As used herein the term “monitor” can have several configurations. By way of example and not limitation, monitor 195 may comprise a gateway as that term is understood by those skilled in the Internet arts. Monitor 195 may also comprise a standalone device such as clock-radio 140 that is not connected to local area network 190 or that has its own connection to the Internet (identified generally as “104”). Further, connections to the Internet 104 may be via a dial-up modem with appropriate RJ-11 or equivalent connector, a digital subscriber link (“DSL”) modem or router with appropriate RJ-11 or equivalent connector, or a cable modem or router having a coax cable connector for connecting to the Internet 104. Additionally, monitor 195 may have a local area network interface such as an ethernet adapter connector for connecting either to a single personal computer 150 or to local area network 190. Local area network 190 connections may comprise wired and/or wireless connections or a combination thereof. Monitors 195 may further implement a firewall such as with IP packet filtering, as these terms are familiar to those of ordinary skill in the Internet arts. Firewall configurations increase a user's safe connections to the Internet 104.
By way of further example and not limitation, monitor 195 may additionally comprise network address translation (“NAT”) capability. Monitors 195 that implement NAT allow multiple IP devices such as personal computers 150 or Internet appliances (e.g. coffee maker 110, washing machine 120, oven 130, or clock-radio 140) to connect simultaneously through monitor 195 out to the Internet 104 such as by way of local area network 190. In this configuration, monitor 195 is disposed intermediate the Internet 104 and local area network 190, including those devices connected to local area network 190. In this manner, monitor 195 appears functionally as a single IP device, e.g. a single personal computer 150, to an Internet service provider. To accomplish this, monitor 195 merges outgoing requests and sends incoming data to the appropriate IP device by keeping track internally of which packets are destined for which device (referred to herein as “targets” or “receiving devices”).
In a further alternative configuration, monitor 195 may additionally possess bridging capabilities. Many data networks will likely be heterogeneous, and monitor 195 may be a focal point to bridge or connect these various networks. By way of example and not limitation, IEEE 1394 (“Firewire™”) may be used to provide communication between two or more audiovisual components in a home, and those same components may connect as a source of audio Motion Pictures Expert Group (“MPEG”) level 3 (MP3) for download or playback via monitor 195 to personal computer 150 connected via local area network 190.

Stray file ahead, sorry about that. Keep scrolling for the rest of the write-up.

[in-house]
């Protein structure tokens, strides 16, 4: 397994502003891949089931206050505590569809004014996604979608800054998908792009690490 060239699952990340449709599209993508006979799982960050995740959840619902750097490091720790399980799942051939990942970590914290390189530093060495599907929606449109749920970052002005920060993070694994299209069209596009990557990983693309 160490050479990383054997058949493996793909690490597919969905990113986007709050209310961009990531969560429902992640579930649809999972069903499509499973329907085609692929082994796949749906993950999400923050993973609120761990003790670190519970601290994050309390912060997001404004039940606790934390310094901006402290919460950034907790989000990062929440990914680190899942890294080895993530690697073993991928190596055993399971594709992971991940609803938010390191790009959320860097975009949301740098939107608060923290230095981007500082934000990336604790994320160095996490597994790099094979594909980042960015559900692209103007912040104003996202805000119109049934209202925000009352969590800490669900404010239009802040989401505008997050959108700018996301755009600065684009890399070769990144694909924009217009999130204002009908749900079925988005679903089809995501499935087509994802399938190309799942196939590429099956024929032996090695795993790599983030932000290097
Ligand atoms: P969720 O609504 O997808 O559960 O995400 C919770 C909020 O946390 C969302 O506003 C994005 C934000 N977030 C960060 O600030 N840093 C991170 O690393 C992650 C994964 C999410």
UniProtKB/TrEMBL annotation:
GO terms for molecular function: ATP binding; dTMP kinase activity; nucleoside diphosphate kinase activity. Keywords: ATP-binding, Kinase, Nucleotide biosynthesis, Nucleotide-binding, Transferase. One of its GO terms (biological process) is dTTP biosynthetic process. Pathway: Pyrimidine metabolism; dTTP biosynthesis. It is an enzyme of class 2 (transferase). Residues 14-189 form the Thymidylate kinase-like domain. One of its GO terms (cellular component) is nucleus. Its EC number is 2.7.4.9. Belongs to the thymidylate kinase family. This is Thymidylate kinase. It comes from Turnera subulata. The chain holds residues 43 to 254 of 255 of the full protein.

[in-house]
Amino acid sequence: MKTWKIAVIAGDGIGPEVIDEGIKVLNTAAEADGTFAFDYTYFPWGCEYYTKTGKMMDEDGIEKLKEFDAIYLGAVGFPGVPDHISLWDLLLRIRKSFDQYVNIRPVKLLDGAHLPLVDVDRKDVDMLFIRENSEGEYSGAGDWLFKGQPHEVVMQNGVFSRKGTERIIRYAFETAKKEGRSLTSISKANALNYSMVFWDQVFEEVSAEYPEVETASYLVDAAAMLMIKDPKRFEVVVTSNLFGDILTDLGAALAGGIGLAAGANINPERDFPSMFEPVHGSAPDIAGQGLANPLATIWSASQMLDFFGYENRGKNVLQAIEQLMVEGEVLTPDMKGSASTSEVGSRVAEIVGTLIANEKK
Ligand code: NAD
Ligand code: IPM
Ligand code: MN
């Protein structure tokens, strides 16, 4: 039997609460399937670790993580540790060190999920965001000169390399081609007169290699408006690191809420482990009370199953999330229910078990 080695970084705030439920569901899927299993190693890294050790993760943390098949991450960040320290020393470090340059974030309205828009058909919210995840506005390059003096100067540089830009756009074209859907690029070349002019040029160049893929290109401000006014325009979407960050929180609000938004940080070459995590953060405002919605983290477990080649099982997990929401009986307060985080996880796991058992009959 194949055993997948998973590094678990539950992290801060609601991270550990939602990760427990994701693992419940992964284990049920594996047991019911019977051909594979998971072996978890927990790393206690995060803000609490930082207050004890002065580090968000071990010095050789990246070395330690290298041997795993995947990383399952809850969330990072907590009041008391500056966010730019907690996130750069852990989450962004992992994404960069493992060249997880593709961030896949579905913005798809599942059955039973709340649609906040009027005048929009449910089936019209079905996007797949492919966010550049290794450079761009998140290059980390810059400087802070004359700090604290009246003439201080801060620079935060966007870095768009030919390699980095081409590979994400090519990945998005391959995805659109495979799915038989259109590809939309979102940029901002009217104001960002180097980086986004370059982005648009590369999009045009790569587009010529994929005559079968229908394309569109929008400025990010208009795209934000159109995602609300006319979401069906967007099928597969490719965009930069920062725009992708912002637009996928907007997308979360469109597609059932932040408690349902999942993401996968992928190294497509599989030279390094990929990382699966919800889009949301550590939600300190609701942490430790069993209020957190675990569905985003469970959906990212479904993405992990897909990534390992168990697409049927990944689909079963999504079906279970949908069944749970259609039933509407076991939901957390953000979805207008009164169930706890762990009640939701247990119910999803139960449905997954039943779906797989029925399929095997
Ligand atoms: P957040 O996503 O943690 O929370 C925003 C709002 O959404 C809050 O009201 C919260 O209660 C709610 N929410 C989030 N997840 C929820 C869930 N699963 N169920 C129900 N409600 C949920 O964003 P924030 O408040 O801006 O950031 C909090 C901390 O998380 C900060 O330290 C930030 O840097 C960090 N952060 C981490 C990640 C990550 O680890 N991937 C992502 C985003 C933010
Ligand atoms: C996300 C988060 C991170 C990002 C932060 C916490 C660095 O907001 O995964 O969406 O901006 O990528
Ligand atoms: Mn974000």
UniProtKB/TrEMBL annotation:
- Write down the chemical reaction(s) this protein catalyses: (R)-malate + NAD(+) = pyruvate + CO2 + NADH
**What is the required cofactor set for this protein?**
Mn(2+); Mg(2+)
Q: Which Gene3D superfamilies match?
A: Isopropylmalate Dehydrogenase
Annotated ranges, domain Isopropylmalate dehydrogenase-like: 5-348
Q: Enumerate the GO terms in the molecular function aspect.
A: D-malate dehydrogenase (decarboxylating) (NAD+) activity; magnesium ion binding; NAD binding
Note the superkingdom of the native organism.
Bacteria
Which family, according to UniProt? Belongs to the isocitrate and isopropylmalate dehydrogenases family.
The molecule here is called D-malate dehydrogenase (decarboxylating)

In a further alternative configuration, monitor 195 may additionally comprise a local intranet or Internet server. Such a server may be always on and execute multiple, concurrent applications, by way of example and not limitation including world wide web services, other IP based services such as file transfer services, alarm systems, monitors for various home appliances, and/or camera capture systems such as those providing intruder detection capability. If so configured, these applications services may be reachable via the Internet 104 such as via a secure connection that prevents unauthorized access via tapping into the established IP stream by encrypting not only the data but also the login name and password provided by the remote user.
Personal computers 150 and Internet appliances such as clock-radio 140 may connect via the Internet 104 to a source of streaming audio such as Internet radio station 101, much like a traditional AM/FM radio “connects” to a broadcasting radio station. It is understood that local area network 190 could be located in an office, at a residence, or anywhere and is not constrained to connections to local area networks 190 located in a residence. As will be familiar to those of ordinary skill in the computer networking arts, local area networks 190 and data communications networks such as the Internet 104 comprise wired networks such as those utilizing topologies such as ethernet topologies, wireless networks such as Bluetooth networks, or any combination thereof.
As used herein, “Internet Radio” comprises IP packetized audio and/or video data streams such as streaming media as well as text and binary data streams. As will be familiar to those of ordinary skill in the Internet data communications arts, a flow of bytes is commonly referred to as a “stream,” and the term “streaming media” is commonly used to describe content that is sent over the Internet 104 in a series of discrete data packets. As will be understood by those of ordinary skill in the Internet software arts, Internet Radio involves sending streaming media data from a server such as Internet Radio station 101 over the Internet 104 to a receiving device, typically a personal computer like personal computer 150 or an Internet appliance such as clock-radio 140. These streaming media data may be formatted in numerous formats including MP3, all of which will be familiar to those of ordinary skill in the data communications arts.